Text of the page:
Introduction to Peer Tutoring in General Physical Education
Lauren J. Lieberman
Taken in part from:
Lieberman, J. & Houston-Wilson (2002).
Strategies for Inclusion: A Handbook for Physical Educators. Champaign, IL: Human Kinetics.
Today it has been well documented that over 93% of children with disabilities are included in their neighborhood schools and general physical education. The use of peer tutoring programs can help to facilitate inclusion. The concept of peer tutoring in physical education is not new. Project PEOPLE was started in 1980 (Long et al. 1980) and included a training protocol and specific guidelines for implementation. There are several key reasons to implement a peer tutoring program in physical education.
Justifications for Using a Peer Tutor Program
- Children with disabilities need smaller ratios for learning than children without disabilities.
- One-to-one instruction increases academic learning time (DePaepe, 1985; Webster, 1987
- Students who have the opportunity to teach skills learn the skills better? (Briggs, 1975).
- Peer tutoring increases leadership experience among the tutees (Rink, 1998).
- Peer tutoring stimulates socialization among peers.
- Cooperative learning experiences promote more interpersonal attraction between students with and without disabilities, higher self-esteem, and greater empathy on the part of all the children.
- Participation together as partners and equals will encourage positive relationships (Sinibaldi, 2001).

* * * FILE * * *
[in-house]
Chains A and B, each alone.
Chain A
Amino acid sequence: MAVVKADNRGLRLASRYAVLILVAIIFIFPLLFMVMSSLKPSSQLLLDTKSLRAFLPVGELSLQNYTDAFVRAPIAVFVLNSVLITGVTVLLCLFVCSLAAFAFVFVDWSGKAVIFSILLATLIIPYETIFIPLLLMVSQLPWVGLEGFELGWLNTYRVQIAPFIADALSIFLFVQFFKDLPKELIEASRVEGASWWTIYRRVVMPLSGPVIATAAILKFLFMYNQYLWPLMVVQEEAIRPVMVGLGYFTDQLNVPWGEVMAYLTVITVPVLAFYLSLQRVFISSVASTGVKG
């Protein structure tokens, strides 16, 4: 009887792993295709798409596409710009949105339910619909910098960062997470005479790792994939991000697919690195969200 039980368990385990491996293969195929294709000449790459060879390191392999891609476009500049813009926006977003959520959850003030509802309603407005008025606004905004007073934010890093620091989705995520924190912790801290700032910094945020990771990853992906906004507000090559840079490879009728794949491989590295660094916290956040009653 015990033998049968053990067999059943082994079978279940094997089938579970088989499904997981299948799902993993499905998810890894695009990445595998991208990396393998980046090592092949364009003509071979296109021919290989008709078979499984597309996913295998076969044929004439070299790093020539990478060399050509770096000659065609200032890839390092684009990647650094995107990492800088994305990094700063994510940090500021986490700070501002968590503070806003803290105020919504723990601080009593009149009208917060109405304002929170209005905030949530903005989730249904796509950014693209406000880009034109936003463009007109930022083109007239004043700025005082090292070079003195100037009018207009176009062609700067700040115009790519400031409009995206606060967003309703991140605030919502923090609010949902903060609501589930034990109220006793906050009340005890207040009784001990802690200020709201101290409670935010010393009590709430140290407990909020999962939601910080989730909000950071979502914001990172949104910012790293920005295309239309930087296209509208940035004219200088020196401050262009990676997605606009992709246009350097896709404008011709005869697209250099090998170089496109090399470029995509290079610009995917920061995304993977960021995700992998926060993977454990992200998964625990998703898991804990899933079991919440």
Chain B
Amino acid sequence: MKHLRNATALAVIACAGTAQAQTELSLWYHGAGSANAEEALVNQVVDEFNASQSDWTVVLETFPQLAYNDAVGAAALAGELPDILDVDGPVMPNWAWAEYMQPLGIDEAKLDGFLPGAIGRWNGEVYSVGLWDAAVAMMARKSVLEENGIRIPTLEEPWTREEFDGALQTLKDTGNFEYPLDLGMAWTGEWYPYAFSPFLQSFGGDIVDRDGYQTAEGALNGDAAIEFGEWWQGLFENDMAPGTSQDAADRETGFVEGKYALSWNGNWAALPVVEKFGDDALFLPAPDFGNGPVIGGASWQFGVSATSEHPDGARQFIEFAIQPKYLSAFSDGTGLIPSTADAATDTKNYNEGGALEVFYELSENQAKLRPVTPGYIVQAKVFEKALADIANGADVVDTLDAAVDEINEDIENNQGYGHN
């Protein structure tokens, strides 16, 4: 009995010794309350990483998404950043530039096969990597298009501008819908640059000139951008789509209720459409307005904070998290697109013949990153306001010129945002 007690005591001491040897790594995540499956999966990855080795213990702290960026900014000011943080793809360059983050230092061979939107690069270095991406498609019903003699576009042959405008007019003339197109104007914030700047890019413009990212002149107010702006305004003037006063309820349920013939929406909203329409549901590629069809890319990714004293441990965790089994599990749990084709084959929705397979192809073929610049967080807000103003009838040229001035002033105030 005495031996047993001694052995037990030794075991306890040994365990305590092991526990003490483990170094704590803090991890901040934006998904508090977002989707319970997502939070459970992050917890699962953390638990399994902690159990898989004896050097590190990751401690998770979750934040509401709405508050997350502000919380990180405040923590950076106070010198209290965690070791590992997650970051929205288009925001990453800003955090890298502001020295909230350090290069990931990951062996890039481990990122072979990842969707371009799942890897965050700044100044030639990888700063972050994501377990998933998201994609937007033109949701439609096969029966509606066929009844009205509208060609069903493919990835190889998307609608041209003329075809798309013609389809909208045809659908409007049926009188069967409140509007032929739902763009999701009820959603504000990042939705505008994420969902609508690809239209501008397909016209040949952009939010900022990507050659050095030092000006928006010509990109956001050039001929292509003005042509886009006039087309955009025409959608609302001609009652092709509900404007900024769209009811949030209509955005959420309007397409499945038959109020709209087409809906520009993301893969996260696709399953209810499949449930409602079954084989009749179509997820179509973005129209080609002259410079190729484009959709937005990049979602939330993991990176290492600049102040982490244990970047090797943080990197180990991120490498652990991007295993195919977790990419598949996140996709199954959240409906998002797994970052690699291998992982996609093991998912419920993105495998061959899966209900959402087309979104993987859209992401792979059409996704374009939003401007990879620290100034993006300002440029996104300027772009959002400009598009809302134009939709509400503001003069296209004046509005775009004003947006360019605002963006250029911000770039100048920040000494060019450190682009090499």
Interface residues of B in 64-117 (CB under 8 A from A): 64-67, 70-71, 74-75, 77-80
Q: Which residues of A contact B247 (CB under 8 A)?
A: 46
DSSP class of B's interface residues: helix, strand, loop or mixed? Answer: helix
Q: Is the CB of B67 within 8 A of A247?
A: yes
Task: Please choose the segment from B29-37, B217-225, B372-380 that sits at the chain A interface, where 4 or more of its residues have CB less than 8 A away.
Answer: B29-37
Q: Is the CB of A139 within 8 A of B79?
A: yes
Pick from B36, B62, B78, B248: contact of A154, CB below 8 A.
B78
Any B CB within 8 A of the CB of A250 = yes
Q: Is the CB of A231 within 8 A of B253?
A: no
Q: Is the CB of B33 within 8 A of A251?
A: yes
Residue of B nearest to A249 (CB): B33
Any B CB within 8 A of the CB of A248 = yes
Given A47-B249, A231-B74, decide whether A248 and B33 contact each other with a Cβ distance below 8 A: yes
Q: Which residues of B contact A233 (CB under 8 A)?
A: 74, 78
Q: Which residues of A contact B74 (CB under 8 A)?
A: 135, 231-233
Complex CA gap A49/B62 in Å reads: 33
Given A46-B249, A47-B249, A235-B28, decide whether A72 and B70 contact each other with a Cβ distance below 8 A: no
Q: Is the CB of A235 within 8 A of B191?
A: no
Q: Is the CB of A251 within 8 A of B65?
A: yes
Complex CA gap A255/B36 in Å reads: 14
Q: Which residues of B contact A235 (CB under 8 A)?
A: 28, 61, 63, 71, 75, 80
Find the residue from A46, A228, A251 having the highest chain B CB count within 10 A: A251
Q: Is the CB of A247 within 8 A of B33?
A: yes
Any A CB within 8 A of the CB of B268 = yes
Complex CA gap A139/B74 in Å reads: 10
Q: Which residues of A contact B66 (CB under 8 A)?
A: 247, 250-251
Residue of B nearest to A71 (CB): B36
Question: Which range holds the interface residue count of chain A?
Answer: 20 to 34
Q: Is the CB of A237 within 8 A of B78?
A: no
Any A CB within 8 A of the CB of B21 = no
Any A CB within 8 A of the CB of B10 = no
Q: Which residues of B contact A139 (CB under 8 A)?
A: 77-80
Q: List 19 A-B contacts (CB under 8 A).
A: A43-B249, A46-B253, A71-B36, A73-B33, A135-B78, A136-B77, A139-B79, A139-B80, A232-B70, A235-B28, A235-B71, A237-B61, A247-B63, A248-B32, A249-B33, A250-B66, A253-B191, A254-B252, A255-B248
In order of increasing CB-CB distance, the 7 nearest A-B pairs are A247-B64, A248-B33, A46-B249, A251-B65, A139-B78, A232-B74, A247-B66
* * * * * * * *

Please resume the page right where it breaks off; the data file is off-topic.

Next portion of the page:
The most important reason, of course, is that it allows for individualized instruction. Peer tutoring gives students with disabilities time in class to work on developmental skills vital to their involvement in physical activity in the future. Peer tutoring provides a situation in which the child with a disability receives instruction, increased practice, increased reinforcement, and continuous feedback on progress by the tutor on a one-to-one basis (Delquadri et al. 1986). Peer tutoring is an appropriate, effective way to set up meaningful practice with the opportunity for high rates of motor-appropriate practice. The simple implementation of a trained peer tutor can improve the level of skill for the student with a disability. When students are inconsistent or do not perform skills correctly, not only do they fail to appropriately learn the skills but they also may actually learn them incorrectly. Besides its high success rate, peer tutoring is appealing because it is an inexpensive way to help students with disabilities succeed in the general physical education class (Barfield, Hannigan-Downs, & Lieberman, 1998; Houston-Wilson, Lieberman, Horton, and Kasser, 1997).